HELFAND (1/30/06): Cleveland High, four miles from [Gabriela’s] Birmingham [High], places ninth- and 10th-graders who get a D or F in algebra into semester-long classes that focus on sixth- and seventh-grade material and pre-algebra. Students then return to standard algebra classes.

Eighteen percent of Cleveland's 10th-graders were proficient in algebra on state tests last spring, compared with 8 percent at Birmingham and 3 percent districtwide.

Those meager data are basically meaningless. But it’s utterly pointless to place a kid in a class for which she is manifestly unprepared. It’s bizarre to place her there six times—and it keeps her from the kind of instruction from which she might actually gain! Is it worth going to high school to learn basic math? Of course it is, if you don’t have those skills—and if those skills can be conveyed. It would, of course, be a better world if kids showed up in ninth grade with stronger skills. But Gabriela showed up with the skills she had—and no, she doesn’t have the option of throwing her vibrant young life away. In another passage, Helfand describes the way low-achieving kids were taught in high school before we decided to say that “all kids can learn at high levels”—even these kids right here before us, these ninth-graders working on third-grade level. We’ll reprint that brief passage below.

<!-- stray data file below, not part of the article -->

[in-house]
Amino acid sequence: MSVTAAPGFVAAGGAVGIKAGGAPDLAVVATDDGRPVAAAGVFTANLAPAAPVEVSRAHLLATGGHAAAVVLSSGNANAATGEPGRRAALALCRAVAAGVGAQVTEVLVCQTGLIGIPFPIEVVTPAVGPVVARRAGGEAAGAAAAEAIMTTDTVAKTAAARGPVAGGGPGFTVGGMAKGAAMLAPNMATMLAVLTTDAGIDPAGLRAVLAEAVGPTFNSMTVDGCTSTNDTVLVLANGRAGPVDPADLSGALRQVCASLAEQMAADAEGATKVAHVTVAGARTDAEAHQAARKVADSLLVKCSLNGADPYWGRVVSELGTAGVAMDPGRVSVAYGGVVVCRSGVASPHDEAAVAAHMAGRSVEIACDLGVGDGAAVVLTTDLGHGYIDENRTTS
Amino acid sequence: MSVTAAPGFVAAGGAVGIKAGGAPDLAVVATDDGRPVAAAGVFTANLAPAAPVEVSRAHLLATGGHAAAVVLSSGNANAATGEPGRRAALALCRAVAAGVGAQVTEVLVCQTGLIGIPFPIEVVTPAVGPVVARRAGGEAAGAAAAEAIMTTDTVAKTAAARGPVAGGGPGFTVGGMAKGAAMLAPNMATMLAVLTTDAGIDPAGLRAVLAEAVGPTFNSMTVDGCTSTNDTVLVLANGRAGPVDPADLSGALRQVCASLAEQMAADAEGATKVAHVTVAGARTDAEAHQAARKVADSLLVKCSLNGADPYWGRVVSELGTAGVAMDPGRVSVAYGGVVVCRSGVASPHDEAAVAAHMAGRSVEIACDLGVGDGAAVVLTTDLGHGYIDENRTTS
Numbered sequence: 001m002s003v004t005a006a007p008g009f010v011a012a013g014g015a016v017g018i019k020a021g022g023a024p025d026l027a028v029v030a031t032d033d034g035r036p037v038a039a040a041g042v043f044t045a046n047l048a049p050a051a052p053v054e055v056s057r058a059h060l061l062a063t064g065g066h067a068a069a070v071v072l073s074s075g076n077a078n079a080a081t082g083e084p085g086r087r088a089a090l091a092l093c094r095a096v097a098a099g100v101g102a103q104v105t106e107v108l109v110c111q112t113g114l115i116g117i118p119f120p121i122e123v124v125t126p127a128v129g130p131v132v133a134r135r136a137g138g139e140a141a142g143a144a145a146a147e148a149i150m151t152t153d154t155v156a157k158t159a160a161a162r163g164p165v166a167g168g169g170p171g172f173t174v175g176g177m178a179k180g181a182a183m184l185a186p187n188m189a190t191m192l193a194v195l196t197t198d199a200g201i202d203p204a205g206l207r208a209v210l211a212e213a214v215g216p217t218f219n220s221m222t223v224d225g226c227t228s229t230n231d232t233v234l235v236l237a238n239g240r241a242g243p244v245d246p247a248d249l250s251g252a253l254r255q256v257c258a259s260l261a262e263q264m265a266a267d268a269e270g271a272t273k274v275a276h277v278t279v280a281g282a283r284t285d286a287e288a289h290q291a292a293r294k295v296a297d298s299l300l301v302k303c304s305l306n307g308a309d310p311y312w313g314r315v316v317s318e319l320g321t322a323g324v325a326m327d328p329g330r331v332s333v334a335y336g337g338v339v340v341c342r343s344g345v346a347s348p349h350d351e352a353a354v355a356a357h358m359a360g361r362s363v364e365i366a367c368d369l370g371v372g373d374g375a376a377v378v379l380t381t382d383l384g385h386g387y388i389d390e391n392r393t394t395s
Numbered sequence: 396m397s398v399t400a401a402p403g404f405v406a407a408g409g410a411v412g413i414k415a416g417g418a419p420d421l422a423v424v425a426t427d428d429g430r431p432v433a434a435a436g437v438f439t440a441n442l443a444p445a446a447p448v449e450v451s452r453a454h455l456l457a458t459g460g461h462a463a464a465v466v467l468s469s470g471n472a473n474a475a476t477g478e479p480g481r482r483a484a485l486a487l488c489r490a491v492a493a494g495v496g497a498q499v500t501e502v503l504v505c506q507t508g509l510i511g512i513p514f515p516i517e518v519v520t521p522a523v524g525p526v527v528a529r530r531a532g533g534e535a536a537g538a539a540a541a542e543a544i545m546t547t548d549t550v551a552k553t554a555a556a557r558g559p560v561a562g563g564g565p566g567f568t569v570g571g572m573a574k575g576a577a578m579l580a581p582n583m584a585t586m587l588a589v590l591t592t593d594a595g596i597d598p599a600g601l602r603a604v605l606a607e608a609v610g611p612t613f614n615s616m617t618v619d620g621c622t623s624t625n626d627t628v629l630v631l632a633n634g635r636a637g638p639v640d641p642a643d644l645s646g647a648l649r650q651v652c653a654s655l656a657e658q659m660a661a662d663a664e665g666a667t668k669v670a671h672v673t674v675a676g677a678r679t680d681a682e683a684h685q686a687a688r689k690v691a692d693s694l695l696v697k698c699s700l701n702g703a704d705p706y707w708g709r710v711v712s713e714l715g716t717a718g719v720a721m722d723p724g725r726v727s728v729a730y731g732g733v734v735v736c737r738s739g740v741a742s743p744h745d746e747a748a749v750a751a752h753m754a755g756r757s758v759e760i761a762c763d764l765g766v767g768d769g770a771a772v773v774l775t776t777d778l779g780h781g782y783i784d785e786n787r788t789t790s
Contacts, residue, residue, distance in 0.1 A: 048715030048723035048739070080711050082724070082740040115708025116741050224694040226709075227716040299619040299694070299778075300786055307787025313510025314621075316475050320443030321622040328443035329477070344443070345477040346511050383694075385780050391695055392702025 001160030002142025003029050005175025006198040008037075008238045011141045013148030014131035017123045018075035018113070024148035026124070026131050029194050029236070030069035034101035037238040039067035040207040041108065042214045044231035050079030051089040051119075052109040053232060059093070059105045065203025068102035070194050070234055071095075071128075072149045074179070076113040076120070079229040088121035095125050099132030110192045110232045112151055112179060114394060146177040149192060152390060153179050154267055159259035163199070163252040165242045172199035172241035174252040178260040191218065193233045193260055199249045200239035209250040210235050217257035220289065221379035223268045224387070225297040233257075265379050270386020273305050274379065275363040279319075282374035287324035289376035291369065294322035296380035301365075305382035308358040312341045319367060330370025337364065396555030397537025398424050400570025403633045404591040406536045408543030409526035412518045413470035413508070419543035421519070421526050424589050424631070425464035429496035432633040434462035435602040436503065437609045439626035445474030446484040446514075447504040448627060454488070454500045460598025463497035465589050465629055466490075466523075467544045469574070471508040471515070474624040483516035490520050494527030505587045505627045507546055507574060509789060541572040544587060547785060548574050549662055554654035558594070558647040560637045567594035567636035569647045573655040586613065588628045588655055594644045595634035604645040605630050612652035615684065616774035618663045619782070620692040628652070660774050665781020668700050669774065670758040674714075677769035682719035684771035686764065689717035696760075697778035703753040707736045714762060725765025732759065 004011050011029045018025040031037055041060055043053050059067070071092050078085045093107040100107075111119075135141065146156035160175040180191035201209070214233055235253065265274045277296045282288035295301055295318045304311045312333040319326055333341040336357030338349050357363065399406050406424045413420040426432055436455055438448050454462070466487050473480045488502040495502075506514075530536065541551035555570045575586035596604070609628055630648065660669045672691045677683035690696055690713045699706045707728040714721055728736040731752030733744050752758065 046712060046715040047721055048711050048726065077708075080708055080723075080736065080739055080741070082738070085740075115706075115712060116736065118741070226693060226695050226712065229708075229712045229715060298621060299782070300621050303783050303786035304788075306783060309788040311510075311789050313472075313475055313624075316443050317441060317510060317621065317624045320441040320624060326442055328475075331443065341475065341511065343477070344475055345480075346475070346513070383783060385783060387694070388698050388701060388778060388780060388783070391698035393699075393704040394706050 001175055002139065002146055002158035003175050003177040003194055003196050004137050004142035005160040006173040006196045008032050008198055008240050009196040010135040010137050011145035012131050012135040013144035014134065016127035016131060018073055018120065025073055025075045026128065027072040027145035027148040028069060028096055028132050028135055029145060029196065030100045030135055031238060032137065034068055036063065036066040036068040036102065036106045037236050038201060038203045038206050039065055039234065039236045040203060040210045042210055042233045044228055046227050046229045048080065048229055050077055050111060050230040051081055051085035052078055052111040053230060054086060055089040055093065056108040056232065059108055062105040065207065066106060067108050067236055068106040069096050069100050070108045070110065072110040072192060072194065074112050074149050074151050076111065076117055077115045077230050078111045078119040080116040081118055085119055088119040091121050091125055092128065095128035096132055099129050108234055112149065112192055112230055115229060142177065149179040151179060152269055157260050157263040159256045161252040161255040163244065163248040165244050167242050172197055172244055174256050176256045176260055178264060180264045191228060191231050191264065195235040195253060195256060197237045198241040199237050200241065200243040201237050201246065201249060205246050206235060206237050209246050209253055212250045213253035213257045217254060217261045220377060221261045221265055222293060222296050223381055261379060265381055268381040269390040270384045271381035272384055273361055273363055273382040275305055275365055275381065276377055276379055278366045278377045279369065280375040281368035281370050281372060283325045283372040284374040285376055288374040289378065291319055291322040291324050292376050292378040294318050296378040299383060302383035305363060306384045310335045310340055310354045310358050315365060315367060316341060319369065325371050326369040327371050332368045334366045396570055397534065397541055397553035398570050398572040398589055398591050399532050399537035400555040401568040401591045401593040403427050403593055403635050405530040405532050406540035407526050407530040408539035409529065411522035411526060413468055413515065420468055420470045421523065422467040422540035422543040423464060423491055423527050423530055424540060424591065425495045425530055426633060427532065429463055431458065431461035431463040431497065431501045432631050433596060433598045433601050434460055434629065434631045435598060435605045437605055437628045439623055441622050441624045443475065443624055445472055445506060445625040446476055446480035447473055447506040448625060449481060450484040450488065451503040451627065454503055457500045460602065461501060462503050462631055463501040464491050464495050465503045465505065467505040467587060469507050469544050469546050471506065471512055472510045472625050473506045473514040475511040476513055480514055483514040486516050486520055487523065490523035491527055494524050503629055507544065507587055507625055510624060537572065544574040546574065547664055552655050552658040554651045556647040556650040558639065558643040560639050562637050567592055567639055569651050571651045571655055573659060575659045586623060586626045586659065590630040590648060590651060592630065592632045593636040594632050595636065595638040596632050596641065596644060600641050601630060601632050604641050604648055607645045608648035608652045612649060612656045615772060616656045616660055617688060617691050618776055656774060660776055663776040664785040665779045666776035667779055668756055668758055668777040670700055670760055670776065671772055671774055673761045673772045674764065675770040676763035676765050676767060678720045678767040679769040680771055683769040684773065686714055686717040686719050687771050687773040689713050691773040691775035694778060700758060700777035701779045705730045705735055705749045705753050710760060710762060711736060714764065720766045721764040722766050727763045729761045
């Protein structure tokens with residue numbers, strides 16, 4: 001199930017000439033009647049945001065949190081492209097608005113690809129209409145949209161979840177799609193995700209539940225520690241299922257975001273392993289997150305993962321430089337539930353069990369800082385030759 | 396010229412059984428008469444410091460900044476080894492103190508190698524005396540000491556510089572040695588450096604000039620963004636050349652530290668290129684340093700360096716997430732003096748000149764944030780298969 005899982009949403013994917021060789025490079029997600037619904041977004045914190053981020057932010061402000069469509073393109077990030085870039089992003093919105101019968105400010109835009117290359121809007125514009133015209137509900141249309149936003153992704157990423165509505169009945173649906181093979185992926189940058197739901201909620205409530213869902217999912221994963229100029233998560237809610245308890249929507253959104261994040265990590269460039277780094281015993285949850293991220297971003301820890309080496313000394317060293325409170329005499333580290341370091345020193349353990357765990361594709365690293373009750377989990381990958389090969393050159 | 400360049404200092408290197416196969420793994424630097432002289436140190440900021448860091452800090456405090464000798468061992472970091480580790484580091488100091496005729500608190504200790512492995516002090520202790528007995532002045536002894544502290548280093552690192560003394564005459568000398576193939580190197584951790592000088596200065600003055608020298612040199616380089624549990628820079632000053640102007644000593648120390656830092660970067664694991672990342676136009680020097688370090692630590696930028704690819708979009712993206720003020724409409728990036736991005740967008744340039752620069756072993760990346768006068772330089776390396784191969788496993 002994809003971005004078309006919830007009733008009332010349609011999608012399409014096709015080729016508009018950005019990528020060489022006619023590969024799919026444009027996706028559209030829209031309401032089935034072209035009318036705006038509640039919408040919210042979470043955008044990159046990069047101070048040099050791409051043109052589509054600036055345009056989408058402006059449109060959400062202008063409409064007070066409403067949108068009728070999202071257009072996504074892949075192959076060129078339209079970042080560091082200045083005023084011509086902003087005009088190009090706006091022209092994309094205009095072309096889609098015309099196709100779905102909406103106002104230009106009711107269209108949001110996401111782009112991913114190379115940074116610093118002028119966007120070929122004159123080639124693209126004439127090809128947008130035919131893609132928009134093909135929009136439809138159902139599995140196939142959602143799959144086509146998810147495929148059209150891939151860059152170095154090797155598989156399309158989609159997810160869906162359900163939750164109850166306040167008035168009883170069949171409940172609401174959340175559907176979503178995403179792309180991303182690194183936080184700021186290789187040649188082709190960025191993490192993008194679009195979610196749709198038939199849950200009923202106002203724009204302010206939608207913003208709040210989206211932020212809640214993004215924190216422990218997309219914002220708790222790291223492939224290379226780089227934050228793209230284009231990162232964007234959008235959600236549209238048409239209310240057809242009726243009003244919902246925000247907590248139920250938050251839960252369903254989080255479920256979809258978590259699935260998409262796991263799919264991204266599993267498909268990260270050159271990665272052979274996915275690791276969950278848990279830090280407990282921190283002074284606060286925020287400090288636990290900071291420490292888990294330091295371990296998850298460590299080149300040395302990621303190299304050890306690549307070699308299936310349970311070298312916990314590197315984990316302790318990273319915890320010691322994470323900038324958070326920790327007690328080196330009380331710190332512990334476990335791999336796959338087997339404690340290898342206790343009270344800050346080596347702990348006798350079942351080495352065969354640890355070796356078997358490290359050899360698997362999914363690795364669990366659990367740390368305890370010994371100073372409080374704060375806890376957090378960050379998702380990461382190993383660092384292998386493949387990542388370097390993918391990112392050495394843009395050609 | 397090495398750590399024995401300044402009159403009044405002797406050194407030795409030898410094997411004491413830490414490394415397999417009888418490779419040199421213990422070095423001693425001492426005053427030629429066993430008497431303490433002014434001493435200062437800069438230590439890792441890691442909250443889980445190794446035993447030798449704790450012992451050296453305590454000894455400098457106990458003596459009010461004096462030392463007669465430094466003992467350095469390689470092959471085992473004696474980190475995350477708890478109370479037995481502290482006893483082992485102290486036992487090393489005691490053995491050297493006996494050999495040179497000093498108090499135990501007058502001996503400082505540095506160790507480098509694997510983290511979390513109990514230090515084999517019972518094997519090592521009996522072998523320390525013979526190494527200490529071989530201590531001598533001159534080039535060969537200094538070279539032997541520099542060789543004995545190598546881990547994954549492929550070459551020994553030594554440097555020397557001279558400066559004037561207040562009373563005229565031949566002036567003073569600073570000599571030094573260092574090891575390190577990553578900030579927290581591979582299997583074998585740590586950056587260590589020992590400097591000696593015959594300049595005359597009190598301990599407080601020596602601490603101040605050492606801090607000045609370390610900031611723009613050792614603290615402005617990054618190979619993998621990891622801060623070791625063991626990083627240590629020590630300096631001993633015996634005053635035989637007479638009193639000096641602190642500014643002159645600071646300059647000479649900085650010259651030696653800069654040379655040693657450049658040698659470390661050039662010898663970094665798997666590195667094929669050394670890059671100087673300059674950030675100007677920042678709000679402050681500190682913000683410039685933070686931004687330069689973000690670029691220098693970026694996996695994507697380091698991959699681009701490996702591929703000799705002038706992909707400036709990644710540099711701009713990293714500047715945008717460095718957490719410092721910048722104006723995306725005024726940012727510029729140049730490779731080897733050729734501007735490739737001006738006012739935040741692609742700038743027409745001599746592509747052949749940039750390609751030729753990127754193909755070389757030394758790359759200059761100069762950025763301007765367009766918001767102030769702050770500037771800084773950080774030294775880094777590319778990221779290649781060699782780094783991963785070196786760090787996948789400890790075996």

But the e-mailer asked a broader question. What should a public school curriculum “look like for, say, a challenged 7th or 9th grader? What kind of reading, English, History, Science, etc. If Algebra 1 is too tough, what kind of math?” Such questions must be answered broadly. But certain parts of the answer are clear.